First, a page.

In Search of Better Stories

Bits and Pieces From One of Christianity’s Most Interesting Fellows.

I forgot how much I enjoy reading CS Lewis. It’s been years since I read his short anecdotal autobiography Surprised by Joy, which recounts his meandering conversion experience, but I dusted it off recently, dived right in and wasn’t disappointed.

Lewis is so brilliant, cerebral, and well-read that some parts of his biography I don’t even understand! But then he’ll crack a joke, tell a story, or make a poignant remark, and we are back together again as good of friends as ever.

Where Lewis is wrong, and I am right!

Lewis thinks it’s an unpardonable sin to write in the margins of a book. As for me, the greater sin is to leave the book untouched. A marked and thoroughly worked-over book is the same to me as the look of a field after it’s been harvested. The scribbled notations are the signs of great gleaning.

Lewis thinks it’s a waste of time to journal. As someone who’s been faithfully journaling for almost 40 years, I respectfully disagree.

Lewis’s deepest fears

Bugs. He hates them. That whole exoskeleton thing fills him with fear. Adding to the trauma is Lewis’ observation that French locomotives look similar and are thus equally hideous.

Church Attendance is a Grind.

Lewis really struggled to see the value of Church attendance. He viewed the organ as one of the most disagreeable instruments ever invented and Christian music as almost always bad. For Lewis, spiritual growth happened in smaller groups among a few close Christian friends. However, he did attend church, but only as a symbolic gesture of support for Christianity.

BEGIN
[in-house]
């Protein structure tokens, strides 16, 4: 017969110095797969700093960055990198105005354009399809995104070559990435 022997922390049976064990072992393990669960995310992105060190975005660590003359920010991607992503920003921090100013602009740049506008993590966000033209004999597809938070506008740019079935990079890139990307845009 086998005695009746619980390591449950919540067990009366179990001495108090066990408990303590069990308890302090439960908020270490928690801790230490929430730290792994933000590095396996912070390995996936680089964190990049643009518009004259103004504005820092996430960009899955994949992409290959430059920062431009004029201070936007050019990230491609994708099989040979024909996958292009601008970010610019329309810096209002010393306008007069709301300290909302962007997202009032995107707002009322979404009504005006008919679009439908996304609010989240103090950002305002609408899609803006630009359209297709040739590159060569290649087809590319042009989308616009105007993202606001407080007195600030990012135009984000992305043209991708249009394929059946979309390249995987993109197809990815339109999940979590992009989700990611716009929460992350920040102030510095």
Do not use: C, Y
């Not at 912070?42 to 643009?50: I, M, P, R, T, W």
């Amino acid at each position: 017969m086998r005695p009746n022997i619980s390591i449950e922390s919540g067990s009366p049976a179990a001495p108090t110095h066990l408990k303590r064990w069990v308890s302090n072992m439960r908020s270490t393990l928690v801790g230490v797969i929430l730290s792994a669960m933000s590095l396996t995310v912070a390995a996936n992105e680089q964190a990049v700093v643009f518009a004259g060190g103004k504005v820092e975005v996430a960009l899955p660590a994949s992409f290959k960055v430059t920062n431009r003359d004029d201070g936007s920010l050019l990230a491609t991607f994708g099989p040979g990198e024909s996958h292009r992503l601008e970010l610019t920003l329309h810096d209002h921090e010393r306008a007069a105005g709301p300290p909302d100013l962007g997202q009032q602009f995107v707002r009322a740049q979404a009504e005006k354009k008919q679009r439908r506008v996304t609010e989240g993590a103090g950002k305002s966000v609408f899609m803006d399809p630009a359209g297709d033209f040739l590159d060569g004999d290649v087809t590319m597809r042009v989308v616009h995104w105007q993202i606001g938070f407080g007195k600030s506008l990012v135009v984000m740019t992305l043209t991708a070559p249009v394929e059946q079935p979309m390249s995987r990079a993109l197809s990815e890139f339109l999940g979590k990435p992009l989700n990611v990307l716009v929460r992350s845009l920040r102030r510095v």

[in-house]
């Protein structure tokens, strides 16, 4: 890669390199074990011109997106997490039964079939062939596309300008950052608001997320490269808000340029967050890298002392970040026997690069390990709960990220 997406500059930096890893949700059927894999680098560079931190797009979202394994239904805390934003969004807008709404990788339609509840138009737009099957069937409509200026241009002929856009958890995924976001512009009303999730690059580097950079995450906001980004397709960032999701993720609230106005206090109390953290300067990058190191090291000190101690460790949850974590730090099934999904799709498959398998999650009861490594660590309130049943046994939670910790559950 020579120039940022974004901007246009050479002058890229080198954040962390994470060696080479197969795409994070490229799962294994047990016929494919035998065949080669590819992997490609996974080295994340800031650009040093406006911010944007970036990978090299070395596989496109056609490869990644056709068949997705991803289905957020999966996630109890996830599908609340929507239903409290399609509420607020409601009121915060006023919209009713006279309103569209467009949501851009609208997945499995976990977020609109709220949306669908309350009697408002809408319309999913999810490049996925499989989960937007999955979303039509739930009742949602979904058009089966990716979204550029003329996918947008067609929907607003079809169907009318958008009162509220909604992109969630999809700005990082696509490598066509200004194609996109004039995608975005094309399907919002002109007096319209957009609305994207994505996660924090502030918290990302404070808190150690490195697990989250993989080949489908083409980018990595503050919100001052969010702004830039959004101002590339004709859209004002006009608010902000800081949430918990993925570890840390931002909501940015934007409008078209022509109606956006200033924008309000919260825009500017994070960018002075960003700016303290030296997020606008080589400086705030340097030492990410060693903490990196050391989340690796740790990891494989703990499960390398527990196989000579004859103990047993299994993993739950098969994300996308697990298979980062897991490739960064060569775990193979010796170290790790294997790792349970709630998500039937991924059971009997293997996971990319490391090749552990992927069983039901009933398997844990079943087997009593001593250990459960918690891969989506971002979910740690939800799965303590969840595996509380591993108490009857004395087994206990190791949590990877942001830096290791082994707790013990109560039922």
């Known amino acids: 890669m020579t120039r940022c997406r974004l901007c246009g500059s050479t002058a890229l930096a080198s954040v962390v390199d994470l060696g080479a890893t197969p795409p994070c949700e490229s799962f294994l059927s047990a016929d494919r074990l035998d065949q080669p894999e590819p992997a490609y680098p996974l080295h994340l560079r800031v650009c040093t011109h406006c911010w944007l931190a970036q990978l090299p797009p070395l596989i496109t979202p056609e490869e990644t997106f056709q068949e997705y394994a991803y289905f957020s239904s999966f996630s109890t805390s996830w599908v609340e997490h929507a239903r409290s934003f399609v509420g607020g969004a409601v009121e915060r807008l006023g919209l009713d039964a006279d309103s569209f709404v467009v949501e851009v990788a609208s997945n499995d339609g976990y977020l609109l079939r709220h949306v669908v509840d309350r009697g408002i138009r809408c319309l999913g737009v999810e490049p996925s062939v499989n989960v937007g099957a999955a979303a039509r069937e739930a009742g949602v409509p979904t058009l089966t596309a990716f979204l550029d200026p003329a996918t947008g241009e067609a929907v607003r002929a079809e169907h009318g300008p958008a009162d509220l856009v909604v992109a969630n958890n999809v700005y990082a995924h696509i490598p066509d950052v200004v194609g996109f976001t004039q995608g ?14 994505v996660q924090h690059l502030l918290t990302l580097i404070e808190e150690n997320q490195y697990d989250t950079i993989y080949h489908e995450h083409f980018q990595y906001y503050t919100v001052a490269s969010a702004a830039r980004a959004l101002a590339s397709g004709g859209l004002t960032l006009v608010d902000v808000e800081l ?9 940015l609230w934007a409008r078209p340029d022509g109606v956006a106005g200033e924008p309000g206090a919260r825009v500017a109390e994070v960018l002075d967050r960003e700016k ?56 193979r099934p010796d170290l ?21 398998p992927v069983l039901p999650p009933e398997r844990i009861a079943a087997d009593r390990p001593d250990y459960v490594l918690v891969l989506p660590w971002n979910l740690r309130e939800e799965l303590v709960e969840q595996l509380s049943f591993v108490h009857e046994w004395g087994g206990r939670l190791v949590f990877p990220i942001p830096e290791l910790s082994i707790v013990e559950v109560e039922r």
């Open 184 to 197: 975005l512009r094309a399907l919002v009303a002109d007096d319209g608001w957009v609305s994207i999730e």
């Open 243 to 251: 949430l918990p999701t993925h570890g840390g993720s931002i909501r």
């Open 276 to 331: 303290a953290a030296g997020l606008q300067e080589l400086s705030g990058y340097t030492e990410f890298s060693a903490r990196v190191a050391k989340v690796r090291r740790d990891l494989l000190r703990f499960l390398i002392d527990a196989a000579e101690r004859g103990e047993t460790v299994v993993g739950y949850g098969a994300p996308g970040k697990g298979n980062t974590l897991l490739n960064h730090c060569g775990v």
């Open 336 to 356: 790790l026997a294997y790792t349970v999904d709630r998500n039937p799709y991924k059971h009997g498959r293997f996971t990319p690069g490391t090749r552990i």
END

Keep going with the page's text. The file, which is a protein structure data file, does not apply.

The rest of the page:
Daddy Issues

Lewis’ mom died early, and his relationship with his dad was always strained. “The restless fertility of his imagination” caused his dad to always “read between the lines,” making him constantly suspicious and unable to converse normally. Lewis generously says that his father‘s mind was “too active to be an accurate receiver,” which is a lovely way of saying that he never bothered to listen to anyone.

Lewis Hated His Childhood and Early Teen School Experience.

Lewis briefly talks about the horrors of trench warfare endured during World War I: The sniper bullets whizzing past his head, friends being blown to pieces, mangled corpses, mud and stench everywhere, the spectre of death always near and the agony of being injured by artillery fire.

But then, as he contemplates the dark, bleak memories of his public school experience. He is uncertain which experience was worse: trench, warfare, or school! He’s not joking, either. So what was so bad about the school?

He often refers to his school experience as his “concentration camp” time! Regarding his days at Belsen, he says of the headmaster’s influence, “All was forgotten as soon as learned and perfectly useless if it had been remembered.” Abuse and cruelty are what he remembers most during those early years of education.

But things got worse at Wyvern school. The problem, says Lewis, was how the entire thing was set up. Underclassmen were essentially the slaves of the upperclassmen; in many cases, this slavery included sexual favours. Teachers stayed out of it on purpose, as students were forced to learn how to navigate the politics and pitfalls of hierarchy as part of their education. The system was designed to protect the strong and persecute the weak, remembers Lewis bitterly.